Samsung is introducing an interesting new feature for people sending in their Galaxy phones for repair: "repair mode." When shipping off your phone, you might want to do something to protect your data, and the new feature sounds like a great solution. It locks down your data, but not your phone.
Handling data during a mail-in repair process is tough. You could wipe your phone, but that's a big hassle. You don't want to just send in a completely locked down device, as technicians can't thoroughly test it if they're locked out of everything. While in repair mode, technicians can still poke around in your device and test everything, but they'll only see the default apps with blank data. When you get your device back, you can re-authenticate and disable repair mode and you'll get all your data back.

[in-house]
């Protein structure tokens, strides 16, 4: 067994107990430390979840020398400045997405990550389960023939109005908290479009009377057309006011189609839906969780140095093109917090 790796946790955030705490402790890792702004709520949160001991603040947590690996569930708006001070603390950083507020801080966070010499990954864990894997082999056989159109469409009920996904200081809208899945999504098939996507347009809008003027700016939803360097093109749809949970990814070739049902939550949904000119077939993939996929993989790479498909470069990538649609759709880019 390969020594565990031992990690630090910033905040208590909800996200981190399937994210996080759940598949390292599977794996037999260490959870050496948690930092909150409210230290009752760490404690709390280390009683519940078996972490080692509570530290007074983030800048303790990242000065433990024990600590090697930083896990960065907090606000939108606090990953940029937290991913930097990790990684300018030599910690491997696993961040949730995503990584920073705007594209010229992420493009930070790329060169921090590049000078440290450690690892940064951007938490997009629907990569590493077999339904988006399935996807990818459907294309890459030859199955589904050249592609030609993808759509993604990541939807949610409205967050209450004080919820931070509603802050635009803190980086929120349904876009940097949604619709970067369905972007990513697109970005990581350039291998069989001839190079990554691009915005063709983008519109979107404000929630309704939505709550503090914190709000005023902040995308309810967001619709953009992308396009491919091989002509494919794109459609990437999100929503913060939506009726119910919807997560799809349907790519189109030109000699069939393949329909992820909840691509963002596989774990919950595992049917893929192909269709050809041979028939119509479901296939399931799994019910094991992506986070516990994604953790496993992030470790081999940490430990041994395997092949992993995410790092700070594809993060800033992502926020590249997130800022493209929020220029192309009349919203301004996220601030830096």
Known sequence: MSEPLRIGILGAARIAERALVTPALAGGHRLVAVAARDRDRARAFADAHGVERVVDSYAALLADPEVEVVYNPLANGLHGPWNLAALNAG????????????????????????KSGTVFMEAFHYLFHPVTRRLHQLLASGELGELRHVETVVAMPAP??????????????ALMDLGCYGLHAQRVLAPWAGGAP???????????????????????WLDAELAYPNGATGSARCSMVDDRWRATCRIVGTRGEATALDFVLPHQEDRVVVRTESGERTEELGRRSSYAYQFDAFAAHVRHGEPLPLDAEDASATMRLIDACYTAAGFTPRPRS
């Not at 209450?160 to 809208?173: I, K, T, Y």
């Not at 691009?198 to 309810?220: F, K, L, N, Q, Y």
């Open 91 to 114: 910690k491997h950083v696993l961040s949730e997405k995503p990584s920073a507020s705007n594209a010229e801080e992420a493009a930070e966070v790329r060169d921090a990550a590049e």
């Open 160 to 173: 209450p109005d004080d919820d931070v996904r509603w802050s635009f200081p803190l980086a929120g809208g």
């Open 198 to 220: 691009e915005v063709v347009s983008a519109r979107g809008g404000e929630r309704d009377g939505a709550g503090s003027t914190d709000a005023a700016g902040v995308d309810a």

The feature was first spotted by SamMobile, and Samsung has so far only announced the feature in a Korean press release; it is first launching in Korea for the Galaxy S21 (the S22 is Samsung's latest flagship phone). Repair mode can be turned on from the settings menu, and Samsung says (through Google translate), "You won't be able to access your personal data, such as photos, messages, and accounts," and anyone with the phone will "only use the default installed apps." Repair mode can be exited the same way, though you'll need to authenticate with a pattern, pin, or fingerprint.
Ars TechnicaContinue reading/original-link]